‘All our problems stem from the fence ‘

Our house is on the main street just as you enter the village of Jayyous, a Palestinian village of 3,700 people in the West Bank. It is a solid stone single storey house in its own basic courtyard. The house itself is spacious, tiled throughout with a main room, which we use as an office and onto which our bedrooms open. We have the luxury of our own rooms. Outside our gate there is a notice erected by the municipality stating that we are ecumenical accompaniers and why we are here. We are number five on the tourist trail of Jayyous.

So why are we here? What are the problems in Jayyous?

‘All our problems stem from the fence’ said Mohammed Taher Jabr, the Mayor of Jayyous. The Israeli Separation Barrier is variously a wall and a fence. In Jayyous it is a fence consisting of a line of coiled razor wire, a razor wire fence, a three metre ditch, a line with electronic detection devices and a dirt road and the same again on the other side.  ‘We do not have a problem with the fence, but where it is built,’the Mayor explains. ‘We would have no problem with it if it was built along the Green Line.’

The Green Line is the 1948 armistice line , so called because it is said to have been marked with green pen when the fighting stopped in 1948.  It is the internationally recognised border between Israel and the Palestinian West Bank.  After the ‘Six Day War’ in 1967, Israel captured the West Bank and Gaza and occupied them ever since.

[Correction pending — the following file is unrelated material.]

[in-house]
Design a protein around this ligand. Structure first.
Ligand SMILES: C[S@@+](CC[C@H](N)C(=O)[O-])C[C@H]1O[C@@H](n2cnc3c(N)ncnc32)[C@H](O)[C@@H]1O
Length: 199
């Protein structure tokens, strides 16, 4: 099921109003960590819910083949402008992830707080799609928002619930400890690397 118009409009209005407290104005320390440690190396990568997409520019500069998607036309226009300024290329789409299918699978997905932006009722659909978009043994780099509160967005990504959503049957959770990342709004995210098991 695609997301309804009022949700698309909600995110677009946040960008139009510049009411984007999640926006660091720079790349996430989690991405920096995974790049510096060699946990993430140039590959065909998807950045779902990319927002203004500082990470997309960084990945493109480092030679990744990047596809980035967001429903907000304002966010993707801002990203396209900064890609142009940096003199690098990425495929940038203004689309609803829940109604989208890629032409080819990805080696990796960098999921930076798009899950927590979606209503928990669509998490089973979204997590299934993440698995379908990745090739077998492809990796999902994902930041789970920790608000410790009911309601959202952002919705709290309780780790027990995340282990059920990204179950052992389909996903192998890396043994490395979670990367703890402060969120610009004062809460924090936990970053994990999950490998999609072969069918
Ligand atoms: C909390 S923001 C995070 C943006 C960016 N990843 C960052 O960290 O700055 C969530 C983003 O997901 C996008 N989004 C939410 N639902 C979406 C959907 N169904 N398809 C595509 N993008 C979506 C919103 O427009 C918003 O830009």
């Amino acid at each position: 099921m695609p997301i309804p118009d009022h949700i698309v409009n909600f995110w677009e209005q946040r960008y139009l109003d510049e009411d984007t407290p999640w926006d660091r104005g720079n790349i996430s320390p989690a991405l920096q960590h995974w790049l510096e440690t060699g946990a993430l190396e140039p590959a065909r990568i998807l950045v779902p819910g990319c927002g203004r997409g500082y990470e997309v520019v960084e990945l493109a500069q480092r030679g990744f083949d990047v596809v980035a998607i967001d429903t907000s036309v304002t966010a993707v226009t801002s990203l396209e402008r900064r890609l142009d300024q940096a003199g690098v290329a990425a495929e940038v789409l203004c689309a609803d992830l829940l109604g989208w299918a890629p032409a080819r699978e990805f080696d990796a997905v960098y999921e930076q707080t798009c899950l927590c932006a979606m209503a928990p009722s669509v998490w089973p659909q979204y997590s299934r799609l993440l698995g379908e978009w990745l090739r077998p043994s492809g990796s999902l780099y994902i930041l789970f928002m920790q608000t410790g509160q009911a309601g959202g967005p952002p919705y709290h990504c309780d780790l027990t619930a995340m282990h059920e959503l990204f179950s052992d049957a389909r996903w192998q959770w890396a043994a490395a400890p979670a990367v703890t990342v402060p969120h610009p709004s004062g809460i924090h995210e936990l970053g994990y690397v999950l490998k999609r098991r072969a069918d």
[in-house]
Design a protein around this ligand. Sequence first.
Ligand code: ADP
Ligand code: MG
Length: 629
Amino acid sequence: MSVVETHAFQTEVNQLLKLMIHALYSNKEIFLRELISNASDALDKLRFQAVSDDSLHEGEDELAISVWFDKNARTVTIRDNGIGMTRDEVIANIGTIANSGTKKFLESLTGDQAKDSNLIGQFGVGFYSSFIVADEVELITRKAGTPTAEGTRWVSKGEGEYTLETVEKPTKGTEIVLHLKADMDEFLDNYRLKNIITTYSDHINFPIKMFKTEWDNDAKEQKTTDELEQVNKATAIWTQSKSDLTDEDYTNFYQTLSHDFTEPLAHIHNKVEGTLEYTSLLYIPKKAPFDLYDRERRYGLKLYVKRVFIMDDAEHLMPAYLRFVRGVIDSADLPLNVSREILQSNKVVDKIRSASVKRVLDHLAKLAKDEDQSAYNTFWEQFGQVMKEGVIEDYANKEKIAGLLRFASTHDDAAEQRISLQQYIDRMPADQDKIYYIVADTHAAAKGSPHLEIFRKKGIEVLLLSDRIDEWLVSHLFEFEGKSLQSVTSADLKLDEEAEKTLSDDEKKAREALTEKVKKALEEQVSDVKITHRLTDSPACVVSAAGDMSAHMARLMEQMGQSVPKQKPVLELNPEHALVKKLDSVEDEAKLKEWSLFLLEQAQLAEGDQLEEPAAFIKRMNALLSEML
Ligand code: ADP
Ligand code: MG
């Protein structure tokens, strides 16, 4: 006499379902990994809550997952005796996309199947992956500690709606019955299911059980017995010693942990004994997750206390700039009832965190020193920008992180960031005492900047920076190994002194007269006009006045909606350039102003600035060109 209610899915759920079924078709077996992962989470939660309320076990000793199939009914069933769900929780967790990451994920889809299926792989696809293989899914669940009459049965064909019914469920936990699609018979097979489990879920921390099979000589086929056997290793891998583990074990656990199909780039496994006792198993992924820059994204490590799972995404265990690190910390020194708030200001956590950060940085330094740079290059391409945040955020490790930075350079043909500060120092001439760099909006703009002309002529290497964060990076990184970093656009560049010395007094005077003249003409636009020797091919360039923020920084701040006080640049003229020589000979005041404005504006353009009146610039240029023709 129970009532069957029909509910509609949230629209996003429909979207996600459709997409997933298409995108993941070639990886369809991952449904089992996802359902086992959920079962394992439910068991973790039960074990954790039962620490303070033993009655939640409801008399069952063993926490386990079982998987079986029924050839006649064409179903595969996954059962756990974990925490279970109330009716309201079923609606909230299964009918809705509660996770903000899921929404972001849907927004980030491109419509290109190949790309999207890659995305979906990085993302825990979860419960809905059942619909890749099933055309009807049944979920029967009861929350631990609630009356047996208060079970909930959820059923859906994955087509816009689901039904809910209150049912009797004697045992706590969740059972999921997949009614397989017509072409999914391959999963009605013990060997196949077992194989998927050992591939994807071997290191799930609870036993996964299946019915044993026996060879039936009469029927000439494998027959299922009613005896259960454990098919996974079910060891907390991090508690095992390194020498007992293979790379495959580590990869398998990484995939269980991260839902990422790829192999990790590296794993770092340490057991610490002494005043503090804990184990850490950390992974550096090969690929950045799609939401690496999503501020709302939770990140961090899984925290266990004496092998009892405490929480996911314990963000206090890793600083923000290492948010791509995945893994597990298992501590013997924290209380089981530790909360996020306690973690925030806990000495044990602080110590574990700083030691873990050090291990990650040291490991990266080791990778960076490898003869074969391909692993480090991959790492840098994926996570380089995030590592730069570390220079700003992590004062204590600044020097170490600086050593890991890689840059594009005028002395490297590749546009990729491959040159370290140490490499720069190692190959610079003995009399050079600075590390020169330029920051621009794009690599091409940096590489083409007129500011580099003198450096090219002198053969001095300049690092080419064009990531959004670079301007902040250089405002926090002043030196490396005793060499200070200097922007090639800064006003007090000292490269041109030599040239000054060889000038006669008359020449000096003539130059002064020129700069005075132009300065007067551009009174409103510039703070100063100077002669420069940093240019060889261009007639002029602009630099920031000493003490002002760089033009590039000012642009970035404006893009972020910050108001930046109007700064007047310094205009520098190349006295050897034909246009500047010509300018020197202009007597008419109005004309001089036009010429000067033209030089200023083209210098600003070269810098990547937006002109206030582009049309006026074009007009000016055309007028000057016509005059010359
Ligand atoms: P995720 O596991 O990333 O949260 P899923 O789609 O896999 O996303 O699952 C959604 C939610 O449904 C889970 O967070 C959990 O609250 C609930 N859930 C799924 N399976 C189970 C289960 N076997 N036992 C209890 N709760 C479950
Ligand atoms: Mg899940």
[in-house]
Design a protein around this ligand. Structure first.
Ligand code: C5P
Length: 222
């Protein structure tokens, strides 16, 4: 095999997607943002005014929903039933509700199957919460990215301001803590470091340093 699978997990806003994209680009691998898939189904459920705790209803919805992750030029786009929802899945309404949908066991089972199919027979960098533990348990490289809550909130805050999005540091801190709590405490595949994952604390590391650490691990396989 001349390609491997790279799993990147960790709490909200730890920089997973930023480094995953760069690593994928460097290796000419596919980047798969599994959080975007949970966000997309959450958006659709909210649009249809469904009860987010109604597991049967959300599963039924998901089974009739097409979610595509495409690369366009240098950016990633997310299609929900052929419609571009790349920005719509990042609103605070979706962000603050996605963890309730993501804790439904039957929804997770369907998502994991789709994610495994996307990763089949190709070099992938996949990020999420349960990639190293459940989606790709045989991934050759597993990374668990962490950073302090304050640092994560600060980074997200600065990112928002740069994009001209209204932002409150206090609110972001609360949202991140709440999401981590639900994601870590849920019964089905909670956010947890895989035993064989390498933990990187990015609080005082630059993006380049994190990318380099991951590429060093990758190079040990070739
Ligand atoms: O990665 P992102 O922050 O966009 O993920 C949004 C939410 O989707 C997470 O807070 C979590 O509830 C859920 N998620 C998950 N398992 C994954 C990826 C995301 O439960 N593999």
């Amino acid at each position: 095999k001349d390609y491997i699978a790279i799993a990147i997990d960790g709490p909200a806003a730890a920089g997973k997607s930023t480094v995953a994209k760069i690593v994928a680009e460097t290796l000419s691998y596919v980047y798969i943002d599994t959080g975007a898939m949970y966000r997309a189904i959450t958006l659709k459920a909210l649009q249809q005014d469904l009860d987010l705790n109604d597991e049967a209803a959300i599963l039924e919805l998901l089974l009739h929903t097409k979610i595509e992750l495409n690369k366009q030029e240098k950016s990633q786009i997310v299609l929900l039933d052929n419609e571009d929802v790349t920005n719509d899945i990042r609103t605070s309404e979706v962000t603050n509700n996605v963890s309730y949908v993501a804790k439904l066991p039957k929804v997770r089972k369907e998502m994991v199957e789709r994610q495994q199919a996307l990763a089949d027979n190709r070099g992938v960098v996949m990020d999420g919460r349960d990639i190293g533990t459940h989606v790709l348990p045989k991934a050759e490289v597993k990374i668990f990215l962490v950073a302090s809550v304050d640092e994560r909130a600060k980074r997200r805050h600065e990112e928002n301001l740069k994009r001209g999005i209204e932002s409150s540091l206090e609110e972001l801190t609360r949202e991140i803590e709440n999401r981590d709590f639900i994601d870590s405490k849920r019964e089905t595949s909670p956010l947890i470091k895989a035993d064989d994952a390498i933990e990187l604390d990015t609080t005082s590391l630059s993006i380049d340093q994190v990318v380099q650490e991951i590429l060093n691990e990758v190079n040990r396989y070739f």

Jayyous is about six kilometres away from the Green Line and all its land is on the West Bank side of it. Unlike in Britain or Ireland, farmers in Palestine live inside the villages with their farmland on the outskirts. The fence near Jayyous was built right next to the village, dividing the villagers from 80% of their land and five of their seven water sources.

The route of the fence is entirely to do with the Israeli settlement of Zufin.  Zufin was set up in 2002, just inside the West Bank on some of the villager’s most fertile land.  The route of the fence in effect annexes, de facto if not de jure, their land to Israel. I have heard it said, ‘The Green Line is being rubbed out.’

Farming is the main source of livelihood in Jayyous. They have extensive vineyards, figs, olive, almond and guavas and greenhouses where they cultivate vegetables throughout the year. All of this is threatened if they cannot regularly access their land or call in their family members to help at peak times.

Land between the Green Line and the fence is known as the ‘Seam Zone’.  Farmers with land in the Seam Zone, which is almost all the farmers in Jayyous, have to have a permit to go through ‘agricultural gates’in the fence to reach their own land. Getting a permit takes time and there are restrictions on who can have a permit, which change all the time.